Taliesin West Board Room Preservation Uncovers Earlier Construction Efforts
Emily Butler | Jul 10, 2019
In part two of this series, Frank Lloyd Wright Foundation Taliesin West Preservation Manager Emily Butler continues to dissect the process of the preservation of Taliesin West’s Board Room, and how the team is utilizing innovative technologies to embrace the Board Room’s rich history, as well as uncover new details of the historic space.
In the last post, the project was compared to an archaeological excavation. As a simple description, an excavation is a process of uncovering or unearthing something in the hopes of making new discoveries or supporting a hypothesis. The uncovering process in the Board Room has revealed interesting and unexpected findings, forcing us to adapt to the changing conditions.
One discovery was made when the plywood ceiling was removed to reveal the tongue and groove roof decking and 2-by-4 rafters. Approximately half of the decking boards had evidence of concrete staining. This likely means that these boards were first used to construct desert masonry formwork and were later repurposed to clad the roof. Based on when this roof would have been constructed, these were among the first form boards used to construct the walls of Taliesin West. This speaks to the ingenuity and “thriftiness” of Wright and the apprentices. Money was tight and materials were never wasted!
The removal of the ceiling also revealed rotten and stress fractured rafters. All of the rafters will remain in-tact but will be sistered with new 2-by-4 beams and new blocking added to the ends to better support the roof structure. On the east side the original knob and tube wiring ran through the rafters, which was a great discovery. The tubes were retained in place during the repair process to preserve evidence of the original wiring system.
During the existing roofing system demolition, we uncovered a depressed section of the roof between the two interior beams, showing evidence of an earlier construction phase when that portion was canvas. When the canvas was removed, deck boards were installed from the skylight to the edge of the roof, however, they were installed approximately four inches lower than the rest of the decking. This depressed area was then covered up with lightweight concrete.
To accommodate for the depressed section of the roof and to provide necessary slope, at the thickest point, the apprentices had installed nearly a foot of concrete. Removing this much material from the front end of the roof raised concerns about potential damage from uplift. We consulted a structural engineer who designed two separate posts to act as both structural support and a tie-down to prevent damaging effects of high winds. These posts will then be hidden behind the existing built-up wood support columns.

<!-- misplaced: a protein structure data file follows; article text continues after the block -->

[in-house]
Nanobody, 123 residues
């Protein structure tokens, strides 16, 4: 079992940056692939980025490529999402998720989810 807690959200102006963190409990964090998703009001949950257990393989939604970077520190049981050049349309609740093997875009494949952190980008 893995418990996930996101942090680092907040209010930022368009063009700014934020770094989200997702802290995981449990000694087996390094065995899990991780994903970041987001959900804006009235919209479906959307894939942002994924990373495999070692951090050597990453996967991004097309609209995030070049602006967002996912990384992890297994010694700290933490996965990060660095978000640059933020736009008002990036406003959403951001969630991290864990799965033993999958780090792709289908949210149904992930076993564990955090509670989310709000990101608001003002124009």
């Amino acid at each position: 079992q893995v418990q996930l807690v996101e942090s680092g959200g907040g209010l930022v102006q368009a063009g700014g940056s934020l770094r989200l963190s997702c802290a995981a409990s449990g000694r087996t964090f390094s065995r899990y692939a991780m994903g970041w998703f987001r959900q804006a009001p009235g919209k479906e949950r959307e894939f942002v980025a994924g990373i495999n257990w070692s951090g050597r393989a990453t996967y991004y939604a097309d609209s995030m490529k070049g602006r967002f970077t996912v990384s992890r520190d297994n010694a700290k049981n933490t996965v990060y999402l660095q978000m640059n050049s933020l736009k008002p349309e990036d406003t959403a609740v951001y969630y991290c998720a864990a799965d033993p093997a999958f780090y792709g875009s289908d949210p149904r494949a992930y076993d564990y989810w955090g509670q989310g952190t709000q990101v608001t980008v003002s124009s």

As noted, two of the innermost beams have been replaced due to their severely deteriorated condition. The other two beams have been retained, conserved, and shimmed to match the height of the new beams. In the spirit of reusing materials, just as we saw with the form boards in the decking, we will be able to salvage portions of the removed beams and reuse them in the structure to replace other damaged areas. All of the reuse of material, conservation of original elements, and areas of replacement will be carefully documented to continue to tell the story of the building.
Preservation work on a historic structure is rarely straight forward. Generally, you can have an idea the scope of your project and what you think you may find as begin the process of careful deconstruction, but things can always surprise you and force you to constantly adapt to the changing needs of the building. While we have had to adapt to changing conditions, we are still pleased that we are able to retain a high amount of original material and overall integrity of the structure.